A waitress, desperate to fulfill her dreams as a restaurant owner, is set on a journey to turn a frog prince back into a human being, but she has to face the same problem after she kisses hi... Read allA waitress, desperate to fulfill her dreams as a restaurant owner, is set on a journey to turn a frog prince back into a human being, but she has to face the same problem after she kisses him.A waitress, desperate to fulfill her dreams as a restaurant owner, is set on a journey to turn a frog prince back into a human being, but she has to face the same problem after she kisses him.
So as soon as I heard that Disney was coming out with their triumphant return to 2-D, I felt like the world was FINALLY getting its act together.
While CGI has produced some good hits, it isn't the same as 2-D. There was no one who could do cartoons like Disney, and I think they began to realize that.
I can honestly say that this movie is brilliant. I saw it last night, and it's still haunting me twenty-four hours later like I'd just walked out of the theater. If this movie had been A.) racist or B.) a let down, I would have been very angry and wouldn't take the time to write out this review. But my God, it was right up there alongside "Beauty and the Beast" and "The Lion King." Tiana, the long-awaited princess of the film, is a (gasp) real person! Her whole life does not revolve around getting married to the prince, nor does it involve some odd and harried "I'm totally a hardkore awesome person" plot. She has her faults. She's brash, a workaholic, and kind of a judgmental jerk. However, she is also headstrong, loving, and ridiculously intuitive. This is the sort of woman we need in a Disney cartoon for our kids to look up to, especially when the best role model they've had in the past few years is Bella Swann.
The prince, Naveen, is also an actual human being. He's cocky, spoiled, and hilarious. However, as the movie goes on, it is made quite clear (in a song by Randy Newman) that Naveen isn't happy at all. His and Tiana's relationship is based on self-discovery and mutual respect, rather than some of the other Disney movies where it is completely based on the need for a romantic plot. I see Belle and the Beast and Shang and Mulan (pre Mulan II, we can pretend that sequel doesn't exist), rather than Cinderella and Prince Charming. It seems like "Enchanted" really did bring a lot of new ideas to the Disney creed, and it completely shows in the way they tackle their archetypes in this refreshing rendition.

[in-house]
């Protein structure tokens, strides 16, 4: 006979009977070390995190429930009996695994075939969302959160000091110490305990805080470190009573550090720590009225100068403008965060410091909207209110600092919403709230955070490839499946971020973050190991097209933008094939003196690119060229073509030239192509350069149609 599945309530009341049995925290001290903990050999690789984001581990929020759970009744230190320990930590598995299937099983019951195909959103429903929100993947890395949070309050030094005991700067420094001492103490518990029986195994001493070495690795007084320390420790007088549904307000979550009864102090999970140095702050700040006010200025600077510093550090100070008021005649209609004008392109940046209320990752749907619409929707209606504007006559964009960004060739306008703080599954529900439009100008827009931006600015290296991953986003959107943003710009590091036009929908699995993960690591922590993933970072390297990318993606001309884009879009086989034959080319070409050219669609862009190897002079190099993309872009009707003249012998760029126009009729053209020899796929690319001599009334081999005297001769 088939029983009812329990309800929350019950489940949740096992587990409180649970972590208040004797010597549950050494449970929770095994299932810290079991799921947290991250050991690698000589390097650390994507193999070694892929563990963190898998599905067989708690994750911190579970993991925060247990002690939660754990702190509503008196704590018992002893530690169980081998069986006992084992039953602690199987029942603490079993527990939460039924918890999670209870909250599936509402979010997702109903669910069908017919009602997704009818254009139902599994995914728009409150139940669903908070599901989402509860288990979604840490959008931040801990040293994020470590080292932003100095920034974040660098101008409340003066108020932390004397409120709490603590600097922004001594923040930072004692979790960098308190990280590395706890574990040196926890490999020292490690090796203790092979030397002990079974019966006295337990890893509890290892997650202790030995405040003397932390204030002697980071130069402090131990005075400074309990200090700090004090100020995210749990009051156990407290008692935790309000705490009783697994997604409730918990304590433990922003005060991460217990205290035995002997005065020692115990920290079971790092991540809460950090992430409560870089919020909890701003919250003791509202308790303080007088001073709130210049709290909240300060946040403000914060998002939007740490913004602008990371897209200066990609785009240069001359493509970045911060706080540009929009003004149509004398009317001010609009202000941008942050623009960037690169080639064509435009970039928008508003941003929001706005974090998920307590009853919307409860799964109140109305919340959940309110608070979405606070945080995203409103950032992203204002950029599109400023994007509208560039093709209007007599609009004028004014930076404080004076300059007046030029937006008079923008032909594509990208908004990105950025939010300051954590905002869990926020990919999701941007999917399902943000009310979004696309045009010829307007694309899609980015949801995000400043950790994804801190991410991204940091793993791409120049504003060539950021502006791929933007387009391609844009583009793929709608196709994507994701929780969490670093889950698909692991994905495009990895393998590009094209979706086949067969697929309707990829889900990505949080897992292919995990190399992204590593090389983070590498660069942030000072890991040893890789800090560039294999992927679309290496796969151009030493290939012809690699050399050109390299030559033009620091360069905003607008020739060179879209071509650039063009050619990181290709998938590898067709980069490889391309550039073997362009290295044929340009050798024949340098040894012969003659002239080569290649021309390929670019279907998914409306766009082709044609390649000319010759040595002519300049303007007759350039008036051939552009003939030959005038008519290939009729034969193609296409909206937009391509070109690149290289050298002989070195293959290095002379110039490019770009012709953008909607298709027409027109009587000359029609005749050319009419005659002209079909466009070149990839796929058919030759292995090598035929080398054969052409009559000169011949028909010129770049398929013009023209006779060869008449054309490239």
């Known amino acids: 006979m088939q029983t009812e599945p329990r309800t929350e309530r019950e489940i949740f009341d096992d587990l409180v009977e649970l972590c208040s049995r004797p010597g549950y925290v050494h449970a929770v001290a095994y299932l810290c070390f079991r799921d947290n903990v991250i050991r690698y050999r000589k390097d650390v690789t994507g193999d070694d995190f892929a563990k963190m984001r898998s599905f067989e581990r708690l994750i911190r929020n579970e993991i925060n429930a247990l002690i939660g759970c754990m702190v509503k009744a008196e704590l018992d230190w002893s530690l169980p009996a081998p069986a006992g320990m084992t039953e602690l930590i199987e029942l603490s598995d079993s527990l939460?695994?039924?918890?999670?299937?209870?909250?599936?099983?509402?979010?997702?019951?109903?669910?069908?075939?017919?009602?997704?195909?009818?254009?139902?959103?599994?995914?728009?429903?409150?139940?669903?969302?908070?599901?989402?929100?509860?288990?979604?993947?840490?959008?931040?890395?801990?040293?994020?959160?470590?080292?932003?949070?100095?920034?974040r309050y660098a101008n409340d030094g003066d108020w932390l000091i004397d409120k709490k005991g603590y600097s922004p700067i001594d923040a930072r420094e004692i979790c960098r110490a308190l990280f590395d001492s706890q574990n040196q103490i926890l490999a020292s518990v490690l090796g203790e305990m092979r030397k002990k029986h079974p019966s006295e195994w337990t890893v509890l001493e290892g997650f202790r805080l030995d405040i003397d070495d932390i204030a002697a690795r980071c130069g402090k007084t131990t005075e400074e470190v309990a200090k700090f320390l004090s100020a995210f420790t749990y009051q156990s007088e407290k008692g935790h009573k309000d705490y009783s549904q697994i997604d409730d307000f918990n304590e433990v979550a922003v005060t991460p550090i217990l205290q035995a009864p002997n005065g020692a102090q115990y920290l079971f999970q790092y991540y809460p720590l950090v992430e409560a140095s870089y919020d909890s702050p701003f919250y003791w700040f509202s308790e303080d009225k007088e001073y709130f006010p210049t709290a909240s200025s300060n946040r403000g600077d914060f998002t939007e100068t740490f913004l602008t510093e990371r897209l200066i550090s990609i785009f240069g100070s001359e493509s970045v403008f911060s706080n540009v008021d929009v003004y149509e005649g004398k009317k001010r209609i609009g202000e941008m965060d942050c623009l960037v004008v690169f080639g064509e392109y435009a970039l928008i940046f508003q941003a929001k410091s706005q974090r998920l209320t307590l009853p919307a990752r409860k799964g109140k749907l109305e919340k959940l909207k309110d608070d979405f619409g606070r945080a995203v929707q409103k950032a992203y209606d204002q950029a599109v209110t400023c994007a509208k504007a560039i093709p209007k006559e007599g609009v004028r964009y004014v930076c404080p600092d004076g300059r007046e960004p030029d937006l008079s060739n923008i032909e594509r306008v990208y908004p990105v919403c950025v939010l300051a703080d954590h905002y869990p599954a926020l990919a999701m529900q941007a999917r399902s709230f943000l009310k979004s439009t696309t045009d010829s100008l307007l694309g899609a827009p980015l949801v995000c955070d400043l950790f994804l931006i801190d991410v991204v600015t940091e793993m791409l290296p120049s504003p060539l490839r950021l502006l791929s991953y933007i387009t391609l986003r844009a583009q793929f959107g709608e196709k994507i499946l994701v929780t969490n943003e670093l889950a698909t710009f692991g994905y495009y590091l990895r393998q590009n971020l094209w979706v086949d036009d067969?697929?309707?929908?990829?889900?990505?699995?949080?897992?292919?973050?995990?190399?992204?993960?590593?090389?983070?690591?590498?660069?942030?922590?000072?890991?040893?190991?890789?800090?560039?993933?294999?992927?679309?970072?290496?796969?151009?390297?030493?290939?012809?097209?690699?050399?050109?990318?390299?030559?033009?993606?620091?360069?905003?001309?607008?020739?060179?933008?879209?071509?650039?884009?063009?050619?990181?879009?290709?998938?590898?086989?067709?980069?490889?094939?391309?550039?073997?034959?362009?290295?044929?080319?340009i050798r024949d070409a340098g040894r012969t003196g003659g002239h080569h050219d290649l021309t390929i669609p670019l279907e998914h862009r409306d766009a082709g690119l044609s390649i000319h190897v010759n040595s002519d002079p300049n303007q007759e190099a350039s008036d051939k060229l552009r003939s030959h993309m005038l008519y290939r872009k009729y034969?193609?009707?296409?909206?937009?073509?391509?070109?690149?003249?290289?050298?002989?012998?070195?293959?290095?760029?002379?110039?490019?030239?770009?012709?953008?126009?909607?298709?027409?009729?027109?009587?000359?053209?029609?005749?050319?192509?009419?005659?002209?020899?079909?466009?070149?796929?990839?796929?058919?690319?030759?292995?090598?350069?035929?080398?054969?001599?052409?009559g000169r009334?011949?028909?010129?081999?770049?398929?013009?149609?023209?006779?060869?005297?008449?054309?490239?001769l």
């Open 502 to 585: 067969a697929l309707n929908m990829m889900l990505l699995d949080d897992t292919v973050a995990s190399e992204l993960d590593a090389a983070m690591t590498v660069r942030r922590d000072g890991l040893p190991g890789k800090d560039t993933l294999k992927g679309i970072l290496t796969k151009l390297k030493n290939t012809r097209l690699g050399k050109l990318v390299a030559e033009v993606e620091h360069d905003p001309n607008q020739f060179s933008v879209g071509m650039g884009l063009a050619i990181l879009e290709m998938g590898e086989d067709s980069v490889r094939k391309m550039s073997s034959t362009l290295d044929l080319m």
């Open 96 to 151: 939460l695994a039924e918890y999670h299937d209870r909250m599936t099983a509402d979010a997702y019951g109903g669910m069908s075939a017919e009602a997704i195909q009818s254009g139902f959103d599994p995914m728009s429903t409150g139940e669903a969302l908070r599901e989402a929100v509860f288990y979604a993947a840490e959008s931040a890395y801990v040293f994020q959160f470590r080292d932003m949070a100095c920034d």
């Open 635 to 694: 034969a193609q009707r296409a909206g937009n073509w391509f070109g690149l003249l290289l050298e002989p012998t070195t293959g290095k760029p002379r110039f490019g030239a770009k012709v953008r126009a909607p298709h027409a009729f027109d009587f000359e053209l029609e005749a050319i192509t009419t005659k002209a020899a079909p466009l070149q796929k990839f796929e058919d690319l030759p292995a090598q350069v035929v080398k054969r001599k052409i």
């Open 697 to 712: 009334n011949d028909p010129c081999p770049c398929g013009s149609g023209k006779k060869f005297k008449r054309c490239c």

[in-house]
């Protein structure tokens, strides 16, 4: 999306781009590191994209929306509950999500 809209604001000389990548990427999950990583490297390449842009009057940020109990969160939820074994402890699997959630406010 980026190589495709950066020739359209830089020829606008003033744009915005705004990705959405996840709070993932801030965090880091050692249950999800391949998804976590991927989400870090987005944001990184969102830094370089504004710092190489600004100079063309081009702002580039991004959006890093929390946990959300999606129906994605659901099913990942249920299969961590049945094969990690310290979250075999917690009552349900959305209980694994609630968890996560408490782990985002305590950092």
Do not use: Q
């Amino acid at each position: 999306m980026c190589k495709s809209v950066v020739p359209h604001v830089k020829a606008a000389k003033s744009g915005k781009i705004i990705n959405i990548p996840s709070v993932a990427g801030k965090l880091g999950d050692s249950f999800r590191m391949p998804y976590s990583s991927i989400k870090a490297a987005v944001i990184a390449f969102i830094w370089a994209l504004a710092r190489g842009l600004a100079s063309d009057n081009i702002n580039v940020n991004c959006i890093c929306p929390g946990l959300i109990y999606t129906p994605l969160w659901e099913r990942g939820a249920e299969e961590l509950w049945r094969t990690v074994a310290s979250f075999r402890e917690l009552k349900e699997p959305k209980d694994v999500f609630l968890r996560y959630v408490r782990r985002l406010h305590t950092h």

I was skeptical when I heard Randy Newman had composed the music. And yes, folks, it is in fact musical style. The characters sing, not Randy. And while you can still tell it's Randy, it's also Disney. The jazzy complexity of the songs drive the story forward and just wrap you up into the buzzing momentum of the film. I will definitely grab this soundtrack and play it religiously on my ipod, I promise you that.
As for the racism: It's Disney and regardless of what Disney does, someone is going to find something to point out as racist. However, let me just say that this movie is completely respectful and absolutely nothing in it is racist, to the point where it is obvious that Disney is trying their hardest NOT to be racist and cuts corners on the storytelling and historical racism that WOULD have been in New Orleans in 1920 (and to an extent, yes, still is). And as for turning Tiana into a frog ... she's a human for a good half the movie before she even thinks about kissing Naveen. She's a black princess, she's not a frog princess.
I also saw a comment about how someone didn't like it because of the non-Christian message thanks to the use of voodoo? They were so busy looking at the BAD GUY use voodoo that they didn't realize that Terrence Howard's character was pretty much a walking sermon! "You can wish on a star, but that can only take you halfway?" Where does this sound familiar? "Never lose sight of what's most important ... love." My God, the complete non-Christian message is abhorrent! The star is used as an allegory for God, and they wish on it with their hands folded ... practically one could say praying? And let's not even go into the full moral of the story: "You know what you want, but dig a little deeper and find what you need." How about that whole thanking God for unanswered prayers sort of ideal? These are good and wholesome lessons that are going to really strengthen the next generation of both boys and girls, and I'm happy that it's going to be an influence on the younger generation.
And the writing is amazing. As someone who writes for a living, I was completely floored at the structure of this film. You cover so much ground in 90 minutes, and you are never bored nor know what's going to happen next! Disney knows what they're doing (finally) on this film. It's amazingly put together, and all the trademarks you expect to see (animal sidekicks, creepy awesome villain, amazing soundtrack, knockout visuals, strong heroine) are there in full. Go see this movie, and remember how it was to be a kid again. This is an experience you absolutely need to have.
"Princess and the Frog" is here to stay.
- Dec 12, 2009